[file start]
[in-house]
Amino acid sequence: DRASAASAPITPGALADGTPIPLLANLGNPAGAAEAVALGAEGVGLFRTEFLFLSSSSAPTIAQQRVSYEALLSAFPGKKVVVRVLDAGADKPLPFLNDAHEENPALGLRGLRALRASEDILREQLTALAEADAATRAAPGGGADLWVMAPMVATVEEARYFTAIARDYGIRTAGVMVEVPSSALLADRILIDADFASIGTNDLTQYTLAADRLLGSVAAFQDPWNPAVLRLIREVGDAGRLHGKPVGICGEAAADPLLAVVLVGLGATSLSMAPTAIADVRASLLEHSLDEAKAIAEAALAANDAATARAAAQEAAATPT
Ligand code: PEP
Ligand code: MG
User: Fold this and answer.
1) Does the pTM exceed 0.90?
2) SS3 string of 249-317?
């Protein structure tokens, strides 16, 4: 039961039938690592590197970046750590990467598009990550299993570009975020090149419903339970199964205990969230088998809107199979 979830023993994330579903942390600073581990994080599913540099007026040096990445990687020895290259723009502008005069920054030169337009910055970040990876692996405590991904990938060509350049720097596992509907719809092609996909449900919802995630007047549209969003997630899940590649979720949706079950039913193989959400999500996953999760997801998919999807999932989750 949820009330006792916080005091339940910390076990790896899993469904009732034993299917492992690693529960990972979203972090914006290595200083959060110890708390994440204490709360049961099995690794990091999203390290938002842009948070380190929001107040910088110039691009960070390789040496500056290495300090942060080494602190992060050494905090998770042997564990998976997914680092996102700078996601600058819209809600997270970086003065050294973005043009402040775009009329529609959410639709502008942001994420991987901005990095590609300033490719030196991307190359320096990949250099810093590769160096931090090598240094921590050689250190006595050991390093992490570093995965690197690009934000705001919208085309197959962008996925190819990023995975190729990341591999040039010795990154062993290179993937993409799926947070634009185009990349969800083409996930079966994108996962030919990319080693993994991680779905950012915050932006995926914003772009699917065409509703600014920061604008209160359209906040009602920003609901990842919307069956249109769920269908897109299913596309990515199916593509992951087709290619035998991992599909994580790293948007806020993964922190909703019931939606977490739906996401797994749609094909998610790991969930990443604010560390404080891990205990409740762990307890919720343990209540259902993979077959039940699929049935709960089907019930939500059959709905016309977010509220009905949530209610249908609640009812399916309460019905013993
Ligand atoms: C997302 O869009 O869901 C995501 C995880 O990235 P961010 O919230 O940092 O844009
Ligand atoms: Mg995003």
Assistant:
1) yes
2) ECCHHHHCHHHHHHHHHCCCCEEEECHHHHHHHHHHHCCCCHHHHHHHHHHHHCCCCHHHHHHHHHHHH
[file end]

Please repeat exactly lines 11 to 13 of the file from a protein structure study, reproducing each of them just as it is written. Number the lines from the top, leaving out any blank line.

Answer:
Assistant:
1) yes
2) ECCHHHHCHHHHHHHHHCCCCEEEECHHHHHHHHHHHCCCCHHHHHHHHHHHHCCCCHHHHHHHHHHHH